scalesAn interesting thing happened to me yesterday and it got me thinking about the nature and definition of spam. I was posting a comment to a discussion in a business group forum at a social media networking site and I was caught off guard when one of the readers called out my “insightful” comment saying “More spam. What a waste of time!”.  At first I was surprised (and a little hurt) that someone could so grossly misinterpret my intent, but after considering it for a while I realized spam is in the eye of the beholder, or as they say: one man’s trash is another man’s treasure. In my opinion I was adding something of value to the discussion. My detractor didn’t see it that way.

If you’d like to pass your own judgment, here’s the comment I added:

Determining if you’re ready for top tier media coverage.

Before you start pitching CNN, Fox & Friends, Good Morning America, etc., here are some things to consider:

  1. Are you sure you won’t embarrass yourself? – Are you media trained and well-practiced interviewing with your local media? If not, you should consider working with a media coach to polish your presentation.
  2. Can you link to your docs? – Do you have your attention-getting bio, high resolution photos, and quotes ready to go in a moments notice and can you link to them (rather than send as attachments)? Being prepared when the media comes knocking can mean the difference between success and failure.
  3. Are you ready for the masses? – Is your product or service ready for the mass market and does it appeal to the audience of the venue you’re pitching? Do you have an optimized website or other ways for people to find you online?

If you can answer “yes” to these questions, you might be ready to go after those coveted media placements. If so, the Wall Street Journal, Entertainment Tonight, and others are looking for you now at . If you’re a match for them, sign up for free and make a pitch.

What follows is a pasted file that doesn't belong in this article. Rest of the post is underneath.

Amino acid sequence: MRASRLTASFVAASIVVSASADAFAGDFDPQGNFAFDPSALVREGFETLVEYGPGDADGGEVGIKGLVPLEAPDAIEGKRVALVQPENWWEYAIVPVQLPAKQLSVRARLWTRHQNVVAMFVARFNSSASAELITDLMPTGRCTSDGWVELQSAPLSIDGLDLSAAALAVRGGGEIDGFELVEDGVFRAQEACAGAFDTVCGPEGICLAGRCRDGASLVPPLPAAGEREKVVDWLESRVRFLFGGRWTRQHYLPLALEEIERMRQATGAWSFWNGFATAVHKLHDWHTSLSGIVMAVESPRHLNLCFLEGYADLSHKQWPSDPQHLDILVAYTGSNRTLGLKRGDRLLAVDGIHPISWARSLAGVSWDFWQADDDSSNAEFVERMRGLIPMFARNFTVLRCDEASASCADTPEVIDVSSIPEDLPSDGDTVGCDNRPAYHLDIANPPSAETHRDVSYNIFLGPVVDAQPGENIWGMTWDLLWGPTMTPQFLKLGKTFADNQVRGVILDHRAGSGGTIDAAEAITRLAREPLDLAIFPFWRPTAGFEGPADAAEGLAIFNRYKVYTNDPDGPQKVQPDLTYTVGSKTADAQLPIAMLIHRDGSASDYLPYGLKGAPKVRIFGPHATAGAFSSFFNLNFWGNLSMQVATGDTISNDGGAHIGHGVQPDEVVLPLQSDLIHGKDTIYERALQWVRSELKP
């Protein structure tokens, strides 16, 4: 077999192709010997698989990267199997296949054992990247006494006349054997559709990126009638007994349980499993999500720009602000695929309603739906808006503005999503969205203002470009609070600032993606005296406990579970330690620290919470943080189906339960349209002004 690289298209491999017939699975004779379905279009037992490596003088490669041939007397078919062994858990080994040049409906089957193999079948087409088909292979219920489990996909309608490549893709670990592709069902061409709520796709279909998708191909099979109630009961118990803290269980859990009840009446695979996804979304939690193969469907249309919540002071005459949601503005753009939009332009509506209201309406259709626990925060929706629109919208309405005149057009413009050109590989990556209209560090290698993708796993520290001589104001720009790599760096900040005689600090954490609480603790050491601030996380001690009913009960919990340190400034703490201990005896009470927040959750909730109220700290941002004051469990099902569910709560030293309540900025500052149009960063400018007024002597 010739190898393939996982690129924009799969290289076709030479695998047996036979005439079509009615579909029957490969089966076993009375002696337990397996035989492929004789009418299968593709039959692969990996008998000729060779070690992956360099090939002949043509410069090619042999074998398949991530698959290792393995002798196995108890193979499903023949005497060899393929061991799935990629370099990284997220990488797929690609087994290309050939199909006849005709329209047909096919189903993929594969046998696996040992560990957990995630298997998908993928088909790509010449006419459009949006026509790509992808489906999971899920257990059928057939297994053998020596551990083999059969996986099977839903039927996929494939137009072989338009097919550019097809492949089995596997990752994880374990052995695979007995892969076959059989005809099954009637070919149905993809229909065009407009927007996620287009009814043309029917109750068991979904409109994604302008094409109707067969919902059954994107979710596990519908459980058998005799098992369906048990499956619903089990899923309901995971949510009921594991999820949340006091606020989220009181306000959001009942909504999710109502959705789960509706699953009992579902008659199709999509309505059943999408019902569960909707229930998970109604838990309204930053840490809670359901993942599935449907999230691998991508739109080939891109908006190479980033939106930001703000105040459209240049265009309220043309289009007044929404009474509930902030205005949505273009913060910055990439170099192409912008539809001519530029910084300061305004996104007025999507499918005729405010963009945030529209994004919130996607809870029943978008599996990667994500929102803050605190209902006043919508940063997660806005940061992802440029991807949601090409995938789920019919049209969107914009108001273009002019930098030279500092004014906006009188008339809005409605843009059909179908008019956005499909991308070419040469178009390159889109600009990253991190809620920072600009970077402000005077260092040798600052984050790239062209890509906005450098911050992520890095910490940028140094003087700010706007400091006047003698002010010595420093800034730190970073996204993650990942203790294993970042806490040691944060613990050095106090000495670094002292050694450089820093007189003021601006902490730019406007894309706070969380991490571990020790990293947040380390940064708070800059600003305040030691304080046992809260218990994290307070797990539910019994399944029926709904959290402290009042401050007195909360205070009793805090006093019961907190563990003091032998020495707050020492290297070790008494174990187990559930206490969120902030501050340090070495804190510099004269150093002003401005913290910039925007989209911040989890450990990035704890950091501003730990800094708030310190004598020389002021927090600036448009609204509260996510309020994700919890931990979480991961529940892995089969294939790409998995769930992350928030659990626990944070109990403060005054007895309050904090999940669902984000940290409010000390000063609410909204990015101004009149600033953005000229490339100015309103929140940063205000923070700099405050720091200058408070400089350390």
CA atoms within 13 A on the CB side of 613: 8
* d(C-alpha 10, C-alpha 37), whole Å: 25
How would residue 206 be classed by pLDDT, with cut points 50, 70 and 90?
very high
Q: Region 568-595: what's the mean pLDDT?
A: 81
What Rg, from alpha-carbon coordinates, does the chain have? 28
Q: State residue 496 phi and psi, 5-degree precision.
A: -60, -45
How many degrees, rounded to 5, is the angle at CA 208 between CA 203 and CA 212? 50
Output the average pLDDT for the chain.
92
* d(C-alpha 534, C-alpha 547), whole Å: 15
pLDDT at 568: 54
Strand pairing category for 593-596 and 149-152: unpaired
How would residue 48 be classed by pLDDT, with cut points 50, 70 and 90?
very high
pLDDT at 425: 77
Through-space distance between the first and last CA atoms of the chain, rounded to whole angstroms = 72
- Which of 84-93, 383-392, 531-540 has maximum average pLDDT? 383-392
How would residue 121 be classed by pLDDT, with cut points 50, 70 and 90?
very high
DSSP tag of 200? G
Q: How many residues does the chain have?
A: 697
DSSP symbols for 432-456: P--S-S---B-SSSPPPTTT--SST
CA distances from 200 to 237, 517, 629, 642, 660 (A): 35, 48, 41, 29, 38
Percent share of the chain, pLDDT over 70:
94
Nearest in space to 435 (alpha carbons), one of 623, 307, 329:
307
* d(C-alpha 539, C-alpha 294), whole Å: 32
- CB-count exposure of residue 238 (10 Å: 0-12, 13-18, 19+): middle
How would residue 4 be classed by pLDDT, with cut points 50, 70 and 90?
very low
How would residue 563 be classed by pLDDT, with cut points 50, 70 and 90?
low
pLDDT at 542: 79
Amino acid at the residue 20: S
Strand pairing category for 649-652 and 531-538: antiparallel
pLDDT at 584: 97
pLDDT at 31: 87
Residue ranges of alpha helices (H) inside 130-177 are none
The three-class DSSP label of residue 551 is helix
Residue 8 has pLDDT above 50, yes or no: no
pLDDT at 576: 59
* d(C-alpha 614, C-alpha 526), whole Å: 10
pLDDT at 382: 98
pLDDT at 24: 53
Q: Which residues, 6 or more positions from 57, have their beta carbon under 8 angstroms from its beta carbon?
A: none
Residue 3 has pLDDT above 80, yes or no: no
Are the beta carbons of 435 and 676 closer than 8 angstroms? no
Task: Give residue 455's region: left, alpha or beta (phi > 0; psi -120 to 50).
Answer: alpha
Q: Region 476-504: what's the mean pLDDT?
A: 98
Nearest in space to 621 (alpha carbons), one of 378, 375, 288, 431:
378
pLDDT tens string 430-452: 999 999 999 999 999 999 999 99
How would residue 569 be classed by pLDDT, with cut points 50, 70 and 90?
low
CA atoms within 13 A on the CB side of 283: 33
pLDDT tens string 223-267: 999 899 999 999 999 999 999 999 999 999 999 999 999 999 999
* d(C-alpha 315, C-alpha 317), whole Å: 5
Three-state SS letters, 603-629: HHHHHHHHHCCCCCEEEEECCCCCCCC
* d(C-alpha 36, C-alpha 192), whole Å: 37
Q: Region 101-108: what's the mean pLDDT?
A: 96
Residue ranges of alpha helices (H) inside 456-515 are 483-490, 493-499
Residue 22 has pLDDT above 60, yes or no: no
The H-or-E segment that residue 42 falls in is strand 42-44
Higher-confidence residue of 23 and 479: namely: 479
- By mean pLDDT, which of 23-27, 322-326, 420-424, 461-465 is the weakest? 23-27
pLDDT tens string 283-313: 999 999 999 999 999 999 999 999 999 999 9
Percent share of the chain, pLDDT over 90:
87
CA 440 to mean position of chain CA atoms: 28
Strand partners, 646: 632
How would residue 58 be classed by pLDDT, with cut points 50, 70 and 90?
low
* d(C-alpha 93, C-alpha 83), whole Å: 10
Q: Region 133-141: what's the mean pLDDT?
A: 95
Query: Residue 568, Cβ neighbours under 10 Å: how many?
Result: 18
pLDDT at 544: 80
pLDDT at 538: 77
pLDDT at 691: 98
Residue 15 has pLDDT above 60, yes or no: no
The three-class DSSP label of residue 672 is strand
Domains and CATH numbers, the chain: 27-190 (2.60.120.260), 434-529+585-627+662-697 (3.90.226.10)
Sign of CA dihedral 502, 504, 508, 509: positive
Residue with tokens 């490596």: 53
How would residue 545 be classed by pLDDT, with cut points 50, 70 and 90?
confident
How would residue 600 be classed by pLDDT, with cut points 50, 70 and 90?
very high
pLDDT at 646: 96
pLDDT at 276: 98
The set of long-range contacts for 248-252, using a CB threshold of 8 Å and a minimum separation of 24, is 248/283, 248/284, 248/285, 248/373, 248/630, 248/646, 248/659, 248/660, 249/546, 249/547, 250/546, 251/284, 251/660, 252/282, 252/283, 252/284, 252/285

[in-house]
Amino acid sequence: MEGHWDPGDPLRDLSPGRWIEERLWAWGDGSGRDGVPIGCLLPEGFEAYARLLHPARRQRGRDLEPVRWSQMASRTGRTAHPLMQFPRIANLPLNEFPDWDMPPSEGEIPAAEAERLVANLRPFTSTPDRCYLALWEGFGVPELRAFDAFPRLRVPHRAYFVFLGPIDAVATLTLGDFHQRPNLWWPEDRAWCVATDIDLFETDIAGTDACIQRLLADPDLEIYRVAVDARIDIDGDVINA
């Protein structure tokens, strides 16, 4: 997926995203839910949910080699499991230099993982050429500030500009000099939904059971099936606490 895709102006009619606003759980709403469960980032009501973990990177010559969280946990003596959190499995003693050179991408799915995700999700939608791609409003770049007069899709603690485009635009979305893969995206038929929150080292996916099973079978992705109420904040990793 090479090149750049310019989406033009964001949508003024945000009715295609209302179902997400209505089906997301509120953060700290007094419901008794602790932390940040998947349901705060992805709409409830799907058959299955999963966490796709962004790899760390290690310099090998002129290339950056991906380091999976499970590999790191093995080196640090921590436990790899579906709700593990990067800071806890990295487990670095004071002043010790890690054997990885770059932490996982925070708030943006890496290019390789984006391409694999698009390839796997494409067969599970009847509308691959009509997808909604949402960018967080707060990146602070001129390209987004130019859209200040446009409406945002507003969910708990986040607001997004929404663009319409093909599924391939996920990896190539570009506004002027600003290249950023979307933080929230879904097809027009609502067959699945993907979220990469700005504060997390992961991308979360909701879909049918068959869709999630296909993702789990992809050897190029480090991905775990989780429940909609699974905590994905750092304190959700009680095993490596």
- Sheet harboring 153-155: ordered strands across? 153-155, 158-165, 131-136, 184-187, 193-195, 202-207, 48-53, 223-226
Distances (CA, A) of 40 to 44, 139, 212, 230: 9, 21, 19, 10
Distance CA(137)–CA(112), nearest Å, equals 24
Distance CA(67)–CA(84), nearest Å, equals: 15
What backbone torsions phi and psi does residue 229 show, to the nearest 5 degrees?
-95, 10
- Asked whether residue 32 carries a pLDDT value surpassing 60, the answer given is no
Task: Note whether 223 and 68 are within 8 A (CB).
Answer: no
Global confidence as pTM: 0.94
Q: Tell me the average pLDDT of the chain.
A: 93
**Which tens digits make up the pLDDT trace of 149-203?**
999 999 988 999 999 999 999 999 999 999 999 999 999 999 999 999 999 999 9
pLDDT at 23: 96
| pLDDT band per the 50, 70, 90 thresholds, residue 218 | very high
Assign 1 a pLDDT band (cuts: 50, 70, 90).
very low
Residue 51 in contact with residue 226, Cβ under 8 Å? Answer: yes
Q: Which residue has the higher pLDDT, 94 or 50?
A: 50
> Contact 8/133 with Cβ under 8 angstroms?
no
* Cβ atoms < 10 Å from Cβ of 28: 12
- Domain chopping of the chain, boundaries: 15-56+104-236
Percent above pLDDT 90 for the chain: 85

In 1964 Supreme Court justice Potter Stewart famously said of obscenity, “I know it when I see it”. Spam, it seems, is much the same. While there is no hard and fast definition, we can all identify blatant spamming like the male enhancement ads that show up unsolicited in our in-boxes, or the links to cheap cialis that are constantly posted as blog comments. Somewhere between these and suggesting services that you’ve found helpful there’s a fuzzy line. Cross it and you’re spamming. But where exactly is that line and how can we as marketers avoid making that fatal mistake?

Aside from meeting the federal CAN-SPAM Act. guidelines, I ask myself these simple questions when tweeting or posting messages to discussions:

  • Is my comment relevant to the discussion?
  • Am I offering something that has value to the group?

If I can answer yes to these, then I hit “post”, no, and it goes in the waste basket.

All this has made me curious – What do you consider spam? Do you feel that the poster was justified in calling me out as spamming the group? What steps do you take to avoid crossing the line? I’d love to hear your opinion, but please, try to avoid spam in your responses…